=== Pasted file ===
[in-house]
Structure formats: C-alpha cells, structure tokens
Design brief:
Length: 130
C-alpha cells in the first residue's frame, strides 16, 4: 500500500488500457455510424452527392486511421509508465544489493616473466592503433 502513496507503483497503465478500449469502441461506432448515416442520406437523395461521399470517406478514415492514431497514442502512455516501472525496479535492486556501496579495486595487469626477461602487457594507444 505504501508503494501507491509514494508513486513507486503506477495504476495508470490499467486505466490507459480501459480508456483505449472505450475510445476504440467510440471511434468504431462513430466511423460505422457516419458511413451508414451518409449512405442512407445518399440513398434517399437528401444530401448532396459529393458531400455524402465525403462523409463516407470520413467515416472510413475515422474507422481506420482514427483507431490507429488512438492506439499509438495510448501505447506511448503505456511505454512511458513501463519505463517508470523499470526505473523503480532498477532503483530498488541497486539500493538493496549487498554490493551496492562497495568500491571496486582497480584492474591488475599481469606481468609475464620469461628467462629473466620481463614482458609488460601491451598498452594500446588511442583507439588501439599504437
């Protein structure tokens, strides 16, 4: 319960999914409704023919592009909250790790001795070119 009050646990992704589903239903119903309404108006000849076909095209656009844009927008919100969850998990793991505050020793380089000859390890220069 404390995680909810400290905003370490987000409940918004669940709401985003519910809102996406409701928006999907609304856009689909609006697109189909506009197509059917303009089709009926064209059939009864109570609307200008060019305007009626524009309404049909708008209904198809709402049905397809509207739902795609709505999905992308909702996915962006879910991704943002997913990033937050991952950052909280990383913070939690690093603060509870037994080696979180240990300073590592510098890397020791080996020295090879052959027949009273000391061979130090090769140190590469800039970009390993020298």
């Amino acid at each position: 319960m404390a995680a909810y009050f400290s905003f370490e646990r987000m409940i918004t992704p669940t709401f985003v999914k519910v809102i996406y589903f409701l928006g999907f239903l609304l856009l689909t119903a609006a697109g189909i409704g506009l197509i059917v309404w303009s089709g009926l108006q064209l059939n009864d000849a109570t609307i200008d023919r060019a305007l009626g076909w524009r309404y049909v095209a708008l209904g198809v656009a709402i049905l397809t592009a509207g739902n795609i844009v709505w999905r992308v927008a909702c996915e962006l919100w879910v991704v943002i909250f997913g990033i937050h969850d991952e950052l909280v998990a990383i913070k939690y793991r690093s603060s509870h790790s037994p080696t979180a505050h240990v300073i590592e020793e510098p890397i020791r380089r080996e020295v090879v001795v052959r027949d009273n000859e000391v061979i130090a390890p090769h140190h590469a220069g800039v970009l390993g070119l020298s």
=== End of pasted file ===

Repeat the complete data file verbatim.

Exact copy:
[in-house]
Structure formats: C-alpha cells, structure tokens
Design brief:
Length: 130
C-alpha cells in the first residue's frame, strides 16, 4: 500500500488500457455510424452527392486511421509508465544489493616473466592503433 502513496507503483497503465478500449469502441461506432448515416442520406437523395461521399470517406478514415492514431497514442502512455516501472525496479535492486556501496579495486595487469626477461602487457594507444 505504501508503494501507491509514494508513486513507486503506477495504476495508470490499467486505466490507459480501459480508456483505449472505450475510445476504440467510440471511434468504431462513430466511423460505422457516419458511413451508414451518409449512405442512407445518399440513398434517399437528401444530401448532396459529393458531400455524402465525403462523409463516407470520413467515416472510413475515422474507422481506420482514427483507431490507429488512438492506439499509438495510448501505447506511448503505456511505454512511458513501463519505463517508470523499470526505473523503480532498477532503483530498488541497486539500493538493496549487498554490493551496492562497495568500491571496486582497480584492474591488475599481469606481468609475464620469461628467462629473466620481463614482458609488460601491451598498452594500446588511442583507439588501439599504437
């Protein structure tokens, strides 16, 4: 319960999914409704023919592009909250790790001795070119 009050646990992704589903239903119903309404108006000849076909095209656009844009927008919100969850998990793991505050020793380089000859390890220069 404390995680909810400290905003370490987000409940918004669940709401985003519910809102996406409701928006999907609304856009689909609006697109189909506009197509059917303009089709009926064209059939009864109570609307200008060019305007009626524009309404049909708008209904198809709402049905397809509207739902795609709505999905992308909702996915962006879910991704943002997913990033937050991952950052909280990383913070939690690093603060509870037994080696979180240990300073590592510098890397020791080996020295090879052959027949009273000391061979130090090769140190590469800039970009390993020298």
């Amino acid at each position: 319960m404390a995680a909810y009050f400290s905003f370490e646990r987000m409940i918004t992704p669940t709401f985003v999914k519910v809102i996406y589903f409701l928006g999907f239903l609304l856009l689909t119903a609006a697109g189909i409704g506009l197509i059917v309404w303009s089709g009926l108006q064209l059939n009864d000849a109570t609307i200008d023919r060019a305007l009626g076909w524009r309404y049909v095209a708008l209904g198809v656009a709402i049905l397809t592009a509207g739902n795609i844009v709505w999905r992308v927008a909702c996915e962006l919100w879910v991704v943002i909250f997913g990033i937050h969850d991952e950052l909280v998990a990383i913070k939690y793991r690093s603060s509870h790790s037994p080696t979180a505050h240990v300073i590592e020793e510098p890397i020791r380089r080996e020295v090879v001795v052959r027949d009273n000859e000391v061979i130090a390890p090769h140190h590469a220069g800039v970009l390993g070119l020298s």